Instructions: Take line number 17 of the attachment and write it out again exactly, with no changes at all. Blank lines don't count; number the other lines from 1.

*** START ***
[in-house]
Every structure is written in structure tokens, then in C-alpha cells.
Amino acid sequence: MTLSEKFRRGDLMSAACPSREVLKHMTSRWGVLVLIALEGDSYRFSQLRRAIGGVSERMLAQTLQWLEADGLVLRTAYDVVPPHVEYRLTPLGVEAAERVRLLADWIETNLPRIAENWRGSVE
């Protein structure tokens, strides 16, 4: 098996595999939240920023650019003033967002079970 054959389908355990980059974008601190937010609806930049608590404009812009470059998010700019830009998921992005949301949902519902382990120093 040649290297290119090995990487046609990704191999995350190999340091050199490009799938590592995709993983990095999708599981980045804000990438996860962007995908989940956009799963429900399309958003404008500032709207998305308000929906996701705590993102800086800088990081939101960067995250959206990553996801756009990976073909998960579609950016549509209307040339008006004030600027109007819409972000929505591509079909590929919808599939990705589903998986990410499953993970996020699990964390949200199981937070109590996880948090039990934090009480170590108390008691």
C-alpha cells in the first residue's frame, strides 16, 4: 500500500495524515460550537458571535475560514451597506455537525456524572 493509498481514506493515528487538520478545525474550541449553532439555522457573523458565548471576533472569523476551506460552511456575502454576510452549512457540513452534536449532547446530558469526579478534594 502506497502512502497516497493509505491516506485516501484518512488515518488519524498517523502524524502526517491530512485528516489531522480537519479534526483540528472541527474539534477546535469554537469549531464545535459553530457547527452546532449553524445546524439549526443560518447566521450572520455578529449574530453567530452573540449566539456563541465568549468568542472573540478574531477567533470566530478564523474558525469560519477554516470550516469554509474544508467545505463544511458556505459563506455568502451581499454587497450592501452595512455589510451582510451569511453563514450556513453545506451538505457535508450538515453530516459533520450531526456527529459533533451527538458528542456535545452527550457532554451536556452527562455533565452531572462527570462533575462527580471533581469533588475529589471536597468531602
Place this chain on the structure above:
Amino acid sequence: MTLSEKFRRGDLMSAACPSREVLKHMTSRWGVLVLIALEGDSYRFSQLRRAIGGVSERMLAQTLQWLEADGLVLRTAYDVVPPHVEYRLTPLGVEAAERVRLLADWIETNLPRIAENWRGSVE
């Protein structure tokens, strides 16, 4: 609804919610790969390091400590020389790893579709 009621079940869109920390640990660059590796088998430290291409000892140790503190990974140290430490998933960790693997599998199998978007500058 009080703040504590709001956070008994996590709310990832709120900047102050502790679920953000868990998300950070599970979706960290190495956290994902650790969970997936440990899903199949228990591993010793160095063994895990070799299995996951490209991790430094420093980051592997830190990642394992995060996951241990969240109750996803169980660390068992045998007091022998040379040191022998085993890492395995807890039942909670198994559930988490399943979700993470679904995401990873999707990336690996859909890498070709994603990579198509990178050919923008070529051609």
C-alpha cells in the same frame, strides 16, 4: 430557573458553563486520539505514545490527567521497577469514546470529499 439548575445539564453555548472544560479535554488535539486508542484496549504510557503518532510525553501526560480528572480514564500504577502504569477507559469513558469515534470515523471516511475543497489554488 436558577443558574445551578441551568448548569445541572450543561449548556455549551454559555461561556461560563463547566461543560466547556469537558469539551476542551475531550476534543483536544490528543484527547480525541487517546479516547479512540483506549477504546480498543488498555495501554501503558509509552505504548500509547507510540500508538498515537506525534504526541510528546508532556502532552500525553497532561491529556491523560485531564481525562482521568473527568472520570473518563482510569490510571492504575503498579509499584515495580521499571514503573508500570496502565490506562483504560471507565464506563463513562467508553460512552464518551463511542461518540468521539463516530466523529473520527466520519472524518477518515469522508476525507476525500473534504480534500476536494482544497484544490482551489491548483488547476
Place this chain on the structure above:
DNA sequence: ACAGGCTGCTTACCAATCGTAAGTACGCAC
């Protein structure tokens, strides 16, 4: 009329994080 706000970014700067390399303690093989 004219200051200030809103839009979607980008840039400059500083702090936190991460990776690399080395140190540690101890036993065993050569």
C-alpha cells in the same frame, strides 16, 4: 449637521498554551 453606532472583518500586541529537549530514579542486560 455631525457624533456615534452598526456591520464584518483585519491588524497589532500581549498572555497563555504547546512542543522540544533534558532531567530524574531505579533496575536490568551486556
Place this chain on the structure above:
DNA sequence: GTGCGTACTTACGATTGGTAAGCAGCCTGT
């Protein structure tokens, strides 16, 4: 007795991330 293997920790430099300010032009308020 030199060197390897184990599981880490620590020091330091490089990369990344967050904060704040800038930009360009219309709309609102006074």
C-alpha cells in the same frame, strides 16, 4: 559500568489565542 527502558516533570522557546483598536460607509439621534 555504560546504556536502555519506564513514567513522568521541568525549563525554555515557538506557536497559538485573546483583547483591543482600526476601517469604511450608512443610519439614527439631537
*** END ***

C-alpha cells in the same frame, strides 16, 4: 559500568489565542 527502558516533570522557546483598536460607509439621534 555504560546504556536502555519506564513514567513522568521541568525549563525554555515557538506557536497559538485573546483583547483591543482600526476601517469604511450608512443610519439614527439631537